Farm safety group develops grain entrapment safety program

A farm safety advocacy group is developing a mobile grain entrapment training unit aimed at demonstrating safety tips to prairie farmers.

A similar mobile grain entrapment training unit to the one pictured is being built by the Canadian Agricultural Safety Association to help educate farmers on safety tips when it comes to grain entrapment.

A similar mobile grain entrapment training unit to the one pictured is being built by the Canadian Agricultural Safety Association to help educate farmers on safety tips when it comes to grain entrapment.

A farm safety advocacy group is developing a mobile grain entrapment training unit aimed at demonstrating safety tips to prairie farmers.

The Canadian Agricultural Safety Association (CASA) announced Thursday, Dec. 17 in a press release it had joined forces with canola producer associations in Alberta, Saskatchewan and Manitoba to build a mobile entrapment demonstration unit. Impetus for the program came from the perceived need to give farmers important safety tips with regards to grain being moved from an auger into a hopper or bin, says Marcel Hacault, executive director for CASA.

The announcement has been met with positive response, especially after a first-responders training program in Nova Scotia helped save the life of one farmer. “They actually used their training to rescue a 20-year-old man,” said Hacault.

At the time of the announcement, there was enough money raised to build one training unit, but CASA’s goal is to raise $600,000 to build three units and have them operate around the country.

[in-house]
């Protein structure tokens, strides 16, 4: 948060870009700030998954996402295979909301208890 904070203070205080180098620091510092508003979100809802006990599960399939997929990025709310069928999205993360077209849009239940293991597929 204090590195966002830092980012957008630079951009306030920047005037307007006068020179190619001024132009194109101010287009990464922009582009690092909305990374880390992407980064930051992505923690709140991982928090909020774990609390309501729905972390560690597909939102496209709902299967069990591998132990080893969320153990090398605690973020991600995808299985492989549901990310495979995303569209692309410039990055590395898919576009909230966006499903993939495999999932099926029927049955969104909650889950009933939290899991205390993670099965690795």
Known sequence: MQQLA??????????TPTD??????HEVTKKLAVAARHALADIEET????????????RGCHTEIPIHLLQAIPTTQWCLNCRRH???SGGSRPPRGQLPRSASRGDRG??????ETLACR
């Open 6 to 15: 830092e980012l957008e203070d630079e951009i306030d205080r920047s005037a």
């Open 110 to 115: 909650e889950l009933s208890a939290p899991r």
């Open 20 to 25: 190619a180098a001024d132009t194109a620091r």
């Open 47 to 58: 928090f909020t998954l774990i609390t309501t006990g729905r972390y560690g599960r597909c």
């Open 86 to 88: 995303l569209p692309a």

Besides the Manitoba Canola Growers Association (MCGA), the Alberta Canola Producers (ACP) and SaskCanola, Hacault says others have shown strong interest in the program. While grain suffocation is not the biggest danger on a farm, it has grown over the years.

Hacault says with bigger hoppers/bins and faster augers it doesn’t take long for person to be fully engulfed.

“As soon as you’re covered above the knees, you can’t get out,” explained Hacault of the danger.

He likened it to quicksand as there is no support within the hopper to remove oneself. Some of the reasons for a farmer going into a bin could be due to flow issues or crusted grains and Hacault feels this training unit will provide useful tips to stay out of harm’s way.

In the press release, CASA expressed satisfaction with the support of the canola associations, each of which have committed $30,000 over three years. The MCGA feels these training units will have long term benefits to the industry.

“They provide opportunities for agricultural workers, farmers and farm families across the prairies to learn about the importance of grain safety and spread awareness of the dangers of grain entrapment,” said MCGA’s Jack Froese.

“It is imperative that farm safety remain a top priority for our industry,” added Stuart Holmen of ACPC.

“The more organizations get involved and support farm safety initiatives, the more we are able to raise awareness for all farmers and farm families to mitigate risks they encounter on a daily basis,” stated Dale Leftwich of SaskCanola.

CASA is looking for support to improve the program and invites individuals, associations and businesses to check out the program or to provide support at www.casa-acsa.ca.